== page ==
Epigenetic changes accompany pancreatic tumorigenesis as well as the acquisition of resistance to chemotherapy [53,54]. Therapeutic agents that alter the epigenetic state of pancreatic cancer cells are under investigation as cytotoxic agents as well as agents to reverse acquired resistance to first-line agents. Lacking an amino group on the C-4 position of the pyrimidine ring, zebularine ((1-β-DRibofuranosyl)- 2(1H)-pyrimidinone), a cytidine analogue (Figure 7), was originally developed as a cytidine deaminase inhibitor. It is also a novel DNA methytransferase (DNMT) inhibitor and unlike other DNMT inhibitors, zebularine is more stable in aqueous solution and is less toxic in vitro and in vivo [55-57]. Continuous exposure of numerous cancer cell lines to zebularine slowed tumor cell growth as compared to normal human fibroblast cell lines indicating its promise as a chemotherapy agent for cancer treatment [58].


Figure 7: Zebularine’s structure includes a 2(1H)-pyrimidinone ring. It is a nucleoside analog of cytidine and works by inhibiting cytidine deaminase by binding to the active site as a covalent hydrates. It has also been shown to inhibit DNA methylation and tumor growth in vivo and in vitro. Though entirely experimental at this time, it has been suggested that it could be used as a chemoprevention agent or even in epigenetic therapy.

Mechanism of action

Once inside cells, zebularine is phosphorylated by uridine-cytidine kinase. Nucleotide kinases phosphorylate zebularine monophosphate to form zebularine triphosphate, which is then incorporated into DNA. The 2(1H)-pyrimidinone ring is important as its incorporation into the DNA strand leads to DNMT1 depletion and DNA methylation inhibition. When zebularine replaces cytosine in a CpG dinucleotide and a DNA methyltransferase attempts to methylate zebularine, an irreversible covalent complex is formed thus inhibiting DNA methylation [58]. In a transgenic mouse model of breast cancer, zebularine slows tumor growth and induces cell death by both necrosis and apoptosis [55]. Other studies show that zebularine decreases levels of DNMT1, DNMT3a, and DNMT3b in breast cancer cell lines [59] as well as DNMT1 and partially DNMT3b in bladder cancer cells [58]. A reduction in DNMT1 and DNMT3b was also shown in the mammary tumors in transgenic mice [55]. The growth inhibition property of zebularine may be due to drug incorporation into the DNA. However, the amount of zebularine in DNA was low in normal cells and growth was minimally affected, while the opposite was seen in cancer cells [58]. Understanding incorporation aspects of this agent may prove useful in developing more effective analogues.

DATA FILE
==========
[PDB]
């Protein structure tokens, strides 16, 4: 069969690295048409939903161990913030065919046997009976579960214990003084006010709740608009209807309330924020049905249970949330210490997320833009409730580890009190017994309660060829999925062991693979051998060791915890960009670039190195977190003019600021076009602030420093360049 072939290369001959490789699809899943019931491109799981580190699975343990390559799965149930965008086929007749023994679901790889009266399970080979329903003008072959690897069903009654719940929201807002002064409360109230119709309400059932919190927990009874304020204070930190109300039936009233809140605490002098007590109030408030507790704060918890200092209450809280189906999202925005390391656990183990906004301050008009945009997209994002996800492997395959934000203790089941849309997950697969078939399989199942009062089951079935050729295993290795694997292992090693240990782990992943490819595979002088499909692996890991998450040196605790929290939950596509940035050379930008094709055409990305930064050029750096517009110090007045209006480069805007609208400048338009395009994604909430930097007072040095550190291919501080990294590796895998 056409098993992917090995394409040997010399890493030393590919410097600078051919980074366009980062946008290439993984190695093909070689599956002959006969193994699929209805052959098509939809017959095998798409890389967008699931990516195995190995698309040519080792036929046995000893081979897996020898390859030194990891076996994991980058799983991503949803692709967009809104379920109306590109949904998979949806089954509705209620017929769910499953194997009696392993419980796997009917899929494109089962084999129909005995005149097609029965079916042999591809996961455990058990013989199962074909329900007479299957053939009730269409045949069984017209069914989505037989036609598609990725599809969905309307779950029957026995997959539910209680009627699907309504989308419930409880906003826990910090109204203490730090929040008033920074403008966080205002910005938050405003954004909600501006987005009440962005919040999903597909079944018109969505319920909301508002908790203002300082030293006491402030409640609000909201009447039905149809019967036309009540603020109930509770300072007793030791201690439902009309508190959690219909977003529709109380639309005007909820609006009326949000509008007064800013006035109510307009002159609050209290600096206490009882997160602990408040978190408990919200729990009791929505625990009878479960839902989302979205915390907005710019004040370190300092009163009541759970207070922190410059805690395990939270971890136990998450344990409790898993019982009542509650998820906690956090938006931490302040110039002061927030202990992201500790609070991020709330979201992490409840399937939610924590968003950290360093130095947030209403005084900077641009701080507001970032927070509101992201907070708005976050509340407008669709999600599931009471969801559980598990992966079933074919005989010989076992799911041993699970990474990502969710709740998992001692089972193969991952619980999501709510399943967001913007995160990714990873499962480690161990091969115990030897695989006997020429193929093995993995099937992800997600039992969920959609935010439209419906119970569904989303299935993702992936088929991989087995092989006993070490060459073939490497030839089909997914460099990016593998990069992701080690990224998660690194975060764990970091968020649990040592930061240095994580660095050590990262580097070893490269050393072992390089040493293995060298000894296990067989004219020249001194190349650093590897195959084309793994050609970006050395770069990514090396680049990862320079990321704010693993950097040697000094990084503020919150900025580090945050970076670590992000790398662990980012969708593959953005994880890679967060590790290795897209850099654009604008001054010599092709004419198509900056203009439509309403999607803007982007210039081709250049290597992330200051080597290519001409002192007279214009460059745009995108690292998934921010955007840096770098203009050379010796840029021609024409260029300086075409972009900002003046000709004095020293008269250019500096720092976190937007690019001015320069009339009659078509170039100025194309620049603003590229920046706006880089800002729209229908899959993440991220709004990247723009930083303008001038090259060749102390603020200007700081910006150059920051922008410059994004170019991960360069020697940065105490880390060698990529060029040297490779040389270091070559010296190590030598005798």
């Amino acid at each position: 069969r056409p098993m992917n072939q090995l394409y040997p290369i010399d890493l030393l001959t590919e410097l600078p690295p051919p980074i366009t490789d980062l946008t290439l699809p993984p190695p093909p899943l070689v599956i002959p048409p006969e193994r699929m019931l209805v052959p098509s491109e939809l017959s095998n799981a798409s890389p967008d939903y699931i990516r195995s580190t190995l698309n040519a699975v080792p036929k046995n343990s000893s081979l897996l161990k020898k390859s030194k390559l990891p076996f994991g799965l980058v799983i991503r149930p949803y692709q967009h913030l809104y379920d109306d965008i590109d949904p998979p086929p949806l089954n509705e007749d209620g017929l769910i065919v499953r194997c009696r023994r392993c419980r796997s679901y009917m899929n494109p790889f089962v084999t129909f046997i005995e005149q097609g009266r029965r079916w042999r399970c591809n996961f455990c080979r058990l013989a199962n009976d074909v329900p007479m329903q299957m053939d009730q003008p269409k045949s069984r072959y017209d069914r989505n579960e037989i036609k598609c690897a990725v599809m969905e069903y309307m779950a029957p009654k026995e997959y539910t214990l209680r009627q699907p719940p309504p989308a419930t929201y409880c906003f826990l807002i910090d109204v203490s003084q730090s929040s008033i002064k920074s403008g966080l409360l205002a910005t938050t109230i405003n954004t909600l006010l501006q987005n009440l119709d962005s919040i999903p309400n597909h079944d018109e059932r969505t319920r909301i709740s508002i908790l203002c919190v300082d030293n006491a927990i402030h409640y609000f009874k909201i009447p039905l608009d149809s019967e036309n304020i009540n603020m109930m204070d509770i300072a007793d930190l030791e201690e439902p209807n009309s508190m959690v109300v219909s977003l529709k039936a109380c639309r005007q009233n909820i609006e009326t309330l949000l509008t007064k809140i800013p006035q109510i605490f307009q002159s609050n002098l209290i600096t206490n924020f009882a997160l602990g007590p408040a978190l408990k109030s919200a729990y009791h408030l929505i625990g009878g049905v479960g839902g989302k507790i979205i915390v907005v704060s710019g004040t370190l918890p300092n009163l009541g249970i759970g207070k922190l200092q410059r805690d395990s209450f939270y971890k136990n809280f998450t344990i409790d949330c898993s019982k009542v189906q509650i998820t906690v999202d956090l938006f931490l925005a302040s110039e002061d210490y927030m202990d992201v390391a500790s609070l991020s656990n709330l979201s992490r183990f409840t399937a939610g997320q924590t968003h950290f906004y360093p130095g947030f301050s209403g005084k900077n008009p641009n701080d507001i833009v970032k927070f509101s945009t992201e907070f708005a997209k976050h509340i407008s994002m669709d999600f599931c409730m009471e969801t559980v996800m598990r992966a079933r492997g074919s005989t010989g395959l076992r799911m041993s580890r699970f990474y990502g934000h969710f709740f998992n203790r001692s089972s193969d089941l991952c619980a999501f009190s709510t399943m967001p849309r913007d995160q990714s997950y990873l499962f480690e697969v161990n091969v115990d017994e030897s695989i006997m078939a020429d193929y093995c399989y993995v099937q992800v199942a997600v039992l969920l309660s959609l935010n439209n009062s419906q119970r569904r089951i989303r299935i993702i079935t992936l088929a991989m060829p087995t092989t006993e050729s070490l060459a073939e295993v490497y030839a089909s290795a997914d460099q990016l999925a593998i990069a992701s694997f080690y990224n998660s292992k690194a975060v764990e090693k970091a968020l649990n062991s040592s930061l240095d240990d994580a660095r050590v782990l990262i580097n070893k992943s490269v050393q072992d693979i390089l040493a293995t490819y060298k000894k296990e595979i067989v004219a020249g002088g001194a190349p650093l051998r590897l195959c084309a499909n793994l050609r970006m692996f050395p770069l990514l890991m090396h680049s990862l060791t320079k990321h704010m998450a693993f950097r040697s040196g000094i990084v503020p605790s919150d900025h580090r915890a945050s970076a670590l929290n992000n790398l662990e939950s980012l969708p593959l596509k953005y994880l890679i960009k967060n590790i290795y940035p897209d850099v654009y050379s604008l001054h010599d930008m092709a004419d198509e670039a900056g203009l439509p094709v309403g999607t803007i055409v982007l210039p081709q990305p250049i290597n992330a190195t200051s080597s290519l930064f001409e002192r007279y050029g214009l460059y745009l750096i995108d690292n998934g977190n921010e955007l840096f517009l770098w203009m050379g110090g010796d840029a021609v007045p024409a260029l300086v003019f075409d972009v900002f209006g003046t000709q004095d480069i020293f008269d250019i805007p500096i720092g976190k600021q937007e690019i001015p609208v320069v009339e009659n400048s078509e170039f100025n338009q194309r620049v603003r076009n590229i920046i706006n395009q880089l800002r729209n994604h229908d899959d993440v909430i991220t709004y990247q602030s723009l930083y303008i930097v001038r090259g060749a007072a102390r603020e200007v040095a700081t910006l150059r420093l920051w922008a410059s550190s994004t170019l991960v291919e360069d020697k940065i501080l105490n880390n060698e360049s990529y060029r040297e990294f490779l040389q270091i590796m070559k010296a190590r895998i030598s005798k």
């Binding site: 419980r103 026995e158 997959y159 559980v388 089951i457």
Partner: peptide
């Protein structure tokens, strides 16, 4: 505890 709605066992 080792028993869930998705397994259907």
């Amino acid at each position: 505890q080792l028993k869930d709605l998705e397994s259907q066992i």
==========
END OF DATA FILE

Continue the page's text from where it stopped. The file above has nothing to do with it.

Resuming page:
Zebularine and pancreatic cancer

Studies have shown that zebularine effectively slows cellular growth in CFPAC-1, a pancreatic cancer cell line, by inducing the p21 and/or p16 genes [58]. The p21 protein in response to DNA damage, directly stops DNA replication and arrests cellular growth. They have also shown a decrease in DNMT1 through the incorporation of the 2(1H)- pyrimidinone ring, as stated above [58]. In addition, studies also showed that zebularine, as a single agent, induced apoptosis and growth arrest by inhibition of DNMT1 in three pancreatic cancer cell lines: YAP C, DAN G and Panc-89 [60]. Though there are minimal studies showing the potential use of zebularine in pancreatic cancer, initial reports show promise for the use of zebularine in treating pancreatic cancer. More studies, however, are needed to fully test the full potential of zebularine in vivo.


The only effective treatment option available for patients with advanced metastatic pancreatic adenocarcinoma remains the antimetabolite gemcitabine. Despite efforts to improve therapy regimens by using 5FU or Gem in combination with alkylating agents, the prognosis for treating metastatic pancreatic cancer remains bleak. Therefore, it is imperative to continue studying and developing novel antimetabolite agents, such as zebularine, to improve treatment options and improve overall survival rates.


Funding for our laboratory comes from grants for health disparity research: NIH-NCMHD Project EXPORT Program 5P20MD001631/ Project 3 (NRW) and NIH-NIMHD P20-MD006988 subproject 2. Funding was also obtained from a National Merit Test Bed (NMTB) award sponsored by the Department of the Army under Cooperative Agreement Number DAMD17-97-2-7016 (NRW). The funders had no role in the decision to publish, or preparation of the manuscript. Authors would like to acknowledge the Department of Basic Sciences and the Center for Health Disparity & Molecular Medicine for financial support.


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Citation: Valenzuela MMA (2014) Antimetabolite Treatment for Pancreatic Cancer. Chemotherapy 3:137.